In the early, early morning. Still shivering from our short and cold night, we will enjoy warm coffee or tea together to lift our spirits. Now we will hike in the dark, with flashlights towards the summit of Uhuru peak at 5895meters high. Our last ascent of the Shira Route. Once at the top, we will enjoy one of the world’s most incredible sunrises. Such moments make the climb well worthwhile. You’ve made it! Uhuru Peak is the highest point of Kilimanjaro ánd the whole of Africa. A place never to forget.
Make sure to bring two sets of clothing. The night will be bitterly cold, but after the sun rises over the peak of Kilimanjaro, the temperature will quickly rise. After the summit, we will make our descent straight down to the Mweka Hut Campsite, stopping at Barafu Camp for lunch. Mweka Camp is situated in the upper forest. Later in the evening, we enjoy our last dinner on the mountain and some well-earned sleep.
Hopefully well rested and not too sore from the long hike the other day, we will have breakfast. We continue the descent down to the Mweka Park Gate to receive your Kilimanjaro-Shira Route summit certificate. At lower elevations, it can be wet and muddy.
The car will be waiting for you at the Mweka Gate to take you back to the hotel in Moshi for a hot shower.
Well, if you’re reading this, you’re probably curious about the best time of the year to climb Kilimanjaro. Then perhaps, I can make you happy, because you can climb Kilimanjaro all year round! There are just a few periods that we recommend or discourage more. Let’s start with the period we do not recommend, as it falls in the rainy season. Here you have the chance of the climb being blown off, on the other hand, nature is breathtaking green. This is the time period between March and May.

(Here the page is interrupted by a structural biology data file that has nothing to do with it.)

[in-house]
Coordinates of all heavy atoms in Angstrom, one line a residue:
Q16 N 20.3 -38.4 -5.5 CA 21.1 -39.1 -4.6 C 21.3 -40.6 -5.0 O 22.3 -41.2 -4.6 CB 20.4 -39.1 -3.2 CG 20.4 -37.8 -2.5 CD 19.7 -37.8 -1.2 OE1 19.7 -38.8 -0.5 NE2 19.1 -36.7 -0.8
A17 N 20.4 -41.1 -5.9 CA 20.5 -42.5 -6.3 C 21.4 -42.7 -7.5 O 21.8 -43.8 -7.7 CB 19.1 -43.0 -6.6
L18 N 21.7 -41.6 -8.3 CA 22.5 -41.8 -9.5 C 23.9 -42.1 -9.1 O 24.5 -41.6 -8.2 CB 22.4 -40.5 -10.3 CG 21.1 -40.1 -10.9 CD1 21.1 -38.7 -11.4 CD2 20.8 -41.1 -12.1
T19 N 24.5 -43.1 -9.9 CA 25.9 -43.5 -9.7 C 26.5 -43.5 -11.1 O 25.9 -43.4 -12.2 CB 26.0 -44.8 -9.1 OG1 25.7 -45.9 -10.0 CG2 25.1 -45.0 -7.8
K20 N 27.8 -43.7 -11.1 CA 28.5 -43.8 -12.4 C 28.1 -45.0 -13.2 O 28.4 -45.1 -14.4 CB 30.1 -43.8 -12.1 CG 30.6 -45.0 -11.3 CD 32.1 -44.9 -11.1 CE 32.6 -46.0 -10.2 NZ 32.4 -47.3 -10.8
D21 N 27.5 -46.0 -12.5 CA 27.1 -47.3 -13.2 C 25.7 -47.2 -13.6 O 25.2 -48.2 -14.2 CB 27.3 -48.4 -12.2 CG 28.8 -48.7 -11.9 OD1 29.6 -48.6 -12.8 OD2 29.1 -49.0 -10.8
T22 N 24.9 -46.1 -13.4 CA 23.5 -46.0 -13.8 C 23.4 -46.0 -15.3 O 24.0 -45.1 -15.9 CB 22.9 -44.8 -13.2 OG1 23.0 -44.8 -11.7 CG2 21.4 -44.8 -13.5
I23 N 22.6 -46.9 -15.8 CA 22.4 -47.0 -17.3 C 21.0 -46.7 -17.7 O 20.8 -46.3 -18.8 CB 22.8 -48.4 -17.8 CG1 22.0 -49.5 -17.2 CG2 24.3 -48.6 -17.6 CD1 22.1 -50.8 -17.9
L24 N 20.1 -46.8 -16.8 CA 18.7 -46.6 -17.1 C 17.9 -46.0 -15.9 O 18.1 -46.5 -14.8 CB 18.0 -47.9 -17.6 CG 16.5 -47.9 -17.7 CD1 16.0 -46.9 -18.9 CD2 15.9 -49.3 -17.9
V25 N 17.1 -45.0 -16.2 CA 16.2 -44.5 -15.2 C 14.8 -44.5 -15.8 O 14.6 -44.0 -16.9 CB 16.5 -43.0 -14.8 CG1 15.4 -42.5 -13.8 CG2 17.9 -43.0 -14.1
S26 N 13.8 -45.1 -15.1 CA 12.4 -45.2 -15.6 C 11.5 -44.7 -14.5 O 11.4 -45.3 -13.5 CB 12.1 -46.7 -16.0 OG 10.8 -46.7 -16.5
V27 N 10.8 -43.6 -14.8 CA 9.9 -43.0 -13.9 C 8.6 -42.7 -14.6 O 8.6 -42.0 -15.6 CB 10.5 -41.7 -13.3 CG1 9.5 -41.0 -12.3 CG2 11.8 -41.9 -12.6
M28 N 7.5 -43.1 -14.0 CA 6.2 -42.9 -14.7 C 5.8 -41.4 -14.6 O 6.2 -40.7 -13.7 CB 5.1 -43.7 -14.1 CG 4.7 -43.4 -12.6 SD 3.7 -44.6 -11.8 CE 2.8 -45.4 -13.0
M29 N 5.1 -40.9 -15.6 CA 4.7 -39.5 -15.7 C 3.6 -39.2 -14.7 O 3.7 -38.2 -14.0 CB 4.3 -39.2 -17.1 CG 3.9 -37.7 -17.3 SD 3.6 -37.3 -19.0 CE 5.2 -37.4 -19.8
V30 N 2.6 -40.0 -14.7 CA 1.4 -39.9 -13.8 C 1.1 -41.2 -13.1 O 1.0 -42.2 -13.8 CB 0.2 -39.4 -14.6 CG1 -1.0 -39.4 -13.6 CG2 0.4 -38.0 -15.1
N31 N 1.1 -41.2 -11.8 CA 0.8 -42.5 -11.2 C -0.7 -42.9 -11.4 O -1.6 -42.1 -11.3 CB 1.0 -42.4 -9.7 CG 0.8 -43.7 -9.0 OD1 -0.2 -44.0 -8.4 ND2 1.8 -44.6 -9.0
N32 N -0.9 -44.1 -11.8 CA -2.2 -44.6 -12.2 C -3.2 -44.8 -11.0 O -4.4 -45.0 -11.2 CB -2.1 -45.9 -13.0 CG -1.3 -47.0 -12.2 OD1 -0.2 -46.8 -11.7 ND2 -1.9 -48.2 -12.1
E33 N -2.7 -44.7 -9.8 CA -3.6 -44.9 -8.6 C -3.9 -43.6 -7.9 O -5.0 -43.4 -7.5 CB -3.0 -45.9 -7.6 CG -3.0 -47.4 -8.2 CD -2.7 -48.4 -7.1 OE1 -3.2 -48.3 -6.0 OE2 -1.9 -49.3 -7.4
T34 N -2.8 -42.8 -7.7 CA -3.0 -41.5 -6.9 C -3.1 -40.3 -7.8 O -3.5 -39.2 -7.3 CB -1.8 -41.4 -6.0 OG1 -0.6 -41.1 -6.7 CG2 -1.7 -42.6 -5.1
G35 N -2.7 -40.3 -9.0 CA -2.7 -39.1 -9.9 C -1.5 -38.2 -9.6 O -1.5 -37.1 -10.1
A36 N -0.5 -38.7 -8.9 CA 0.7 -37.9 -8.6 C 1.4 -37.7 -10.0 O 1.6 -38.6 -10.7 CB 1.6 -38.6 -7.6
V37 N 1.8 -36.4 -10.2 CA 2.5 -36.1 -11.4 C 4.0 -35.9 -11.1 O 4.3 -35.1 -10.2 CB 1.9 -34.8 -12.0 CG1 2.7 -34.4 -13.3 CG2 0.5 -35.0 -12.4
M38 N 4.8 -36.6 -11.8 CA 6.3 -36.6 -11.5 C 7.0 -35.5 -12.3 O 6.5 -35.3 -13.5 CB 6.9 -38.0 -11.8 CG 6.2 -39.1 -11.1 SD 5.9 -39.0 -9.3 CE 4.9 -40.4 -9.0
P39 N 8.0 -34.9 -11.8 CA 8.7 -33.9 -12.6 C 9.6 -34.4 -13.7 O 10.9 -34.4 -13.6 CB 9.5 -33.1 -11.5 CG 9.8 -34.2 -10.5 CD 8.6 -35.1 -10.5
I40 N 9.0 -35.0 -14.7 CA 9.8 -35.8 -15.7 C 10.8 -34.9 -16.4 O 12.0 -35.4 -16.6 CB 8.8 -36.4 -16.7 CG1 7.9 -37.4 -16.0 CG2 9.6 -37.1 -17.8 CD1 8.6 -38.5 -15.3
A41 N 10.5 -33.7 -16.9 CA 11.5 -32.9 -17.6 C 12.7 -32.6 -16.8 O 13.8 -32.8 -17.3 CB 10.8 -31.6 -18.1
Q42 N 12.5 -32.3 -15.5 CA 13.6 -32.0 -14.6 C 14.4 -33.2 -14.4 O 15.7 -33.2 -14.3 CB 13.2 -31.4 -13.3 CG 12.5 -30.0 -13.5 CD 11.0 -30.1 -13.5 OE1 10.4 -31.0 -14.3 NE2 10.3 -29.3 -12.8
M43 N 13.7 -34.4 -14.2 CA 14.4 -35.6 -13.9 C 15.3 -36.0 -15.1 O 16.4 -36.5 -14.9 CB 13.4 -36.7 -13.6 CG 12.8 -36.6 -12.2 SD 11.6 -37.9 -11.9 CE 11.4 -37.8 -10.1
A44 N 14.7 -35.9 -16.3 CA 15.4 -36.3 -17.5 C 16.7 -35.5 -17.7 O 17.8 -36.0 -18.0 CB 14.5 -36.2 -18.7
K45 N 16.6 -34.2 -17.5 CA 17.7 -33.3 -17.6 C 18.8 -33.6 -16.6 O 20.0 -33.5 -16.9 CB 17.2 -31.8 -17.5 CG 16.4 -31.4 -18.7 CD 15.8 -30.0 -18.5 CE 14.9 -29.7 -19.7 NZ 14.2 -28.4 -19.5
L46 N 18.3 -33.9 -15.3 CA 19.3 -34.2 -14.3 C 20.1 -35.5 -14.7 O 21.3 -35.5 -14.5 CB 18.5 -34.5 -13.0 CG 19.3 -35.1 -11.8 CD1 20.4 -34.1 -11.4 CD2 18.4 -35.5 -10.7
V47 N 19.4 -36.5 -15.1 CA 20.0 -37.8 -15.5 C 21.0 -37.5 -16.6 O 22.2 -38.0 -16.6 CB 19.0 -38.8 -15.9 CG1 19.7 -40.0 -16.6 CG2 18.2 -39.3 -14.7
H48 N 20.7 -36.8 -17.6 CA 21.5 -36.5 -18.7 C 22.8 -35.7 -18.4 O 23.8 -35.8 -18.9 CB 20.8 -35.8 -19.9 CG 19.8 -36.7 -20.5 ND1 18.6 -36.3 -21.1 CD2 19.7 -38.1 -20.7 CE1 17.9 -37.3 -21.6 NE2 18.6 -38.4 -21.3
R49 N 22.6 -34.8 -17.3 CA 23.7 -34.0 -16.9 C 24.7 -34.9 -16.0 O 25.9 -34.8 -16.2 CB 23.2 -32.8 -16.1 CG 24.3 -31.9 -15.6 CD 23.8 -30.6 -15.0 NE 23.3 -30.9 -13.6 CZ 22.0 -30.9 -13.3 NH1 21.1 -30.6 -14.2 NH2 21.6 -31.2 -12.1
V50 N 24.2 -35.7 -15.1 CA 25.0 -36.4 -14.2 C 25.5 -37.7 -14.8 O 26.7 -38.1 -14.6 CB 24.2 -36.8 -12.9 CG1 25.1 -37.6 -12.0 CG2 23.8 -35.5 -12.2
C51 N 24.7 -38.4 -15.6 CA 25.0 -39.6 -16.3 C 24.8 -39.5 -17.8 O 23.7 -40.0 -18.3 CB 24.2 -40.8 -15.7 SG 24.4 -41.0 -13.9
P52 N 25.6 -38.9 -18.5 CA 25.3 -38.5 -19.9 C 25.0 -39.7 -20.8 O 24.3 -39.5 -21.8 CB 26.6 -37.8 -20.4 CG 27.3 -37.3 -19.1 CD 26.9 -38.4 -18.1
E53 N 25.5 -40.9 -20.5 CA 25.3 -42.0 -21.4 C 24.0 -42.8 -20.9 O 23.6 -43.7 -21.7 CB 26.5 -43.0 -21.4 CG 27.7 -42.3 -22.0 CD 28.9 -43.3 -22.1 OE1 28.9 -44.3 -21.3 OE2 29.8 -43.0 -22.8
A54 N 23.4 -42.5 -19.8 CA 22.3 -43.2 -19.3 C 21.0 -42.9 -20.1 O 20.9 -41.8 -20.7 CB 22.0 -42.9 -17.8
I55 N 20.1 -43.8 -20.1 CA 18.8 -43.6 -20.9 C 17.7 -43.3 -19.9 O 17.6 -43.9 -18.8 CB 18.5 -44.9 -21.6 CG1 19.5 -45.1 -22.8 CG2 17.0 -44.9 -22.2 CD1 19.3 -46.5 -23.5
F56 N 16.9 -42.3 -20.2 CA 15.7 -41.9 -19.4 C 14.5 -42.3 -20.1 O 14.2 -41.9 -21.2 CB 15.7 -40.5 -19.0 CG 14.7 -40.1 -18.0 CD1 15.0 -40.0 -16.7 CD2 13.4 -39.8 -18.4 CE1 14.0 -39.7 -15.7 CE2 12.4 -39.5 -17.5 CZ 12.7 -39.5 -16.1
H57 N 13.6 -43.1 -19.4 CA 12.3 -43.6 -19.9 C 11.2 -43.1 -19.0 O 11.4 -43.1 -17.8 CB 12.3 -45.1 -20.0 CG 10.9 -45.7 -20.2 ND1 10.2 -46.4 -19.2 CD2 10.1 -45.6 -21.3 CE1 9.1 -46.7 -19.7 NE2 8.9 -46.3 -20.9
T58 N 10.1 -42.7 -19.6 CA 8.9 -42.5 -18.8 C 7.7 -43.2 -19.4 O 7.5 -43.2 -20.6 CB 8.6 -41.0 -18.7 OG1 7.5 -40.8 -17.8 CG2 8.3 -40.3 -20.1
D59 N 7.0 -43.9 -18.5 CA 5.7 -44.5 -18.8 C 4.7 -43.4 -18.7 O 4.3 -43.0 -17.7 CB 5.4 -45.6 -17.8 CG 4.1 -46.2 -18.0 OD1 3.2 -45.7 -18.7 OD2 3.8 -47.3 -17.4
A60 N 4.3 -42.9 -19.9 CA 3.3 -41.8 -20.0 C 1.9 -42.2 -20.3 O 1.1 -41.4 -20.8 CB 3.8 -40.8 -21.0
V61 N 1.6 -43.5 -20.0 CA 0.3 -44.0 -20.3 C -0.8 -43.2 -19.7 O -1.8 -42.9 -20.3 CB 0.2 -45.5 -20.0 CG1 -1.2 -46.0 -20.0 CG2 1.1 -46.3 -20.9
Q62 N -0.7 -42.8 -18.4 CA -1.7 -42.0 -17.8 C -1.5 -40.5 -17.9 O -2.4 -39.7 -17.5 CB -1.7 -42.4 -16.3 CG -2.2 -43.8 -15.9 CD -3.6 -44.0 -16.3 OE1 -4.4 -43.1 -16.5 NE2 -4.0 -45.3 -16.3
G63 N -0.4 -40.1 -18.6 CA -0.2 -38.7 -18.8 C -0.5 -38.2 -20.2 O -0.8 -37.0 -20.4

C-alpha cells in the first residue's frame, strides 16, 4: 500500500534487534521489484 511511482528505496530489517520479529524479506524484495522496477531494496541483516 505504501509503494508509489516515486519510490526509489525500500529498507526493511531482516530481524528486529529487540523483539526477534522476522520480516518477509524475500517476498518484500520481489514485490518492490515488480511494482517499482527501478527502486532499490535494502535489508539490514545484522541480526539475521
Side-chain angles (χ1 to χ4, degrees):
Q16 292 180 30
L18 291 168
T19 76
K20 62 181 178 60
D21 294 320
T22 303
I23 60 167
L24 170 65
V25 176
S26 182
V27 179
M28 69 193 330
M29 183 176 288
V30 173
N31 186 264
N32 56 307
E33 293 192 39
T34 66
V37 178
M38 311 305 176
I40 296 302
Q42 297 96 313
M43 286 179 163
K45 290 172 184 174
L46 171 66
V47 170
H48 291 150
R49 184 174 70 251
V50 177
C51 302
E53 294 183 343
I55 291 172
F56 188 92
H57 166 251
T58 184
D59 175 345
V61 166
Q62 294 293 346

The other months are actually all recommendable. For instance, the most popular period is from December to February because these are Tanzania’s summer months. The temperature at the summit is most pleasant! In the month of November, you face small alternating rain showers, on the contrary, the temperature is very nice and you hike through beautiful green surroundings. The mountain is also great to climb in the months of June to October. This period, although it’s quite cold, it is outside the rainy season. So now you see, everything has its pros and cons.